Why It Made the Cut
It’s small. It’s light. It’s tough. It’s easy to use, versatile, and sounds pretty damn good with a little bit of practice.
- Closed reed design
- Polycarbonate body
- Great family-owned company around since 1981
- Volume regulated only by the health of your lungs
- Versatile as to range/distance effectiveness
- And she’s $15
- Non-hands free operation, so there’s hand/weapon coordination needed
- Learning curve
I had the honor of hunting with the late Dick Kirby, the founder of Quaker Boy Game Calls, way back in The Day —the early 1990s, I’m guessing—and then with his son, Chris, who now owns and operates the company. Both men provided an enjoyable, enlightening, and educational experience, regardless of whether we were chasing Spring gobblers, November mallards, or squirrels.
Though Quaker Boy built its reputation on turkey calls, and then later whitetail deer calls, predator equipment, like the Screamin’ Cottontail, has always been on the menu. This one’s elemental—a closed reed design housed in a rugged polycarbonate frame—but as alluded to earlier, there is a learning curve involved here. Rather, you’re not going to take the Screamin’ Cottontail, or any other mouth call for that matter, out of the box, into the field, and start killing coyotes. Practice mixed with patience, attention to camouflage and wind direction, the right rounds, and the ability to hit what you’re shooting at when the time comes. That’s what puts ’yote pelts on the board.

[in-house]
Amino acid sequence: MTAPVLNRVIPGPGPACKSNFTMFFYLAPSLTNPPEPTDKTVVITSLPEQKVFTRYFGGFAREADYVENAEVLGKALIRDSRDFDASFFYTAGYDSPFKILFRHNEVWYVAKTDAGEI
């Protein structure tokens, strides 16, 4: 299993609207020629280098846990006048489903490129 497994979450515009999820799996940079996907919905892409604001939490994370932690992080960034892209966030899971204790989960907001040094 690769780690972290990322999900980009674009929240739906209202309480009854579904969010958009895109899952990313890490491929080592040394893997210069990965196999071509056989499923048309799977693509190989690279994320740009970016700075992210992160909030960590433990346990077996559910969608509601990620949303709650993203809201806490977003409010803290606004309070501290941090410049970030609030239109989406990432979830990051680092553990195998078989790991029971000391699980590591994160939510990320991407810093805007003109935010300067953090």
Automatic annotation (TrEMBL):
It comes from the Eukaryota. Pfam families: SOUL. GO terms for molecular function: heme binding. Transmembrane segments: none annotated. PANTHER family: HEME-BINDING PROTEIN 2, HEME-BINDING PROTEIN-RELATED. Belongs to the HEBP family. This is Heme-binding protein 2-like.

Best for Beginners
Why It made the cut
If you’re looking for something different to throw at those stubborn coyotes, this one just might be the ticket.
- Twin metal reeds
- Attractive laminate wood body
- Two ‘double’ versions – cottontail, and jackrabbit
- Good service after the sale from a reputable long-standing company
- Good ergonomics
- User-Friendliness Rating – High
- Unique ‘rasp’ due to metal reeds and hardness of wood laminate
- Near to far volume range
- Price point – $25
- Learning curve and practice involved
Sometimes, and even without a ridiculous amount of hunting pressure, coyotes can be tough customers. They’ll ignore a call. Or worse, they’ll come close…but not close enough…and then hang up, while they try to scoop the 4-1-1 on the sounds they’re hearing. You can go silent, which can work, but often, they’ll lose interest and fade away. You know, like that reluctant ol‘ gobbler, but with four legs. And hair.
When you’re working with these types of critters, it can help to give them something just a little different. Something they haven’t heard before. And that’s where Primos’ Double Cottontail mouth call comes into play. Twin metal reeds provide an out-of-the-ordinary ‘rasp’ to the call, while the hard wood laminate body gives it that long-distance punch when you need to reach out and touch that coyote. But, go easy, and you can tone it down should the situation require a little finesse. For you western callers, Primos offers their ‘double’ style call in a gravelly jackrabbit edition, too.
Best Remote Controlled
Why It Made the Cut
Four hundred different sounds (‘only’ 100 included) in a #3.5 unit that you can control from over 200 yards away, and from the leading name in E-callers. That’s why.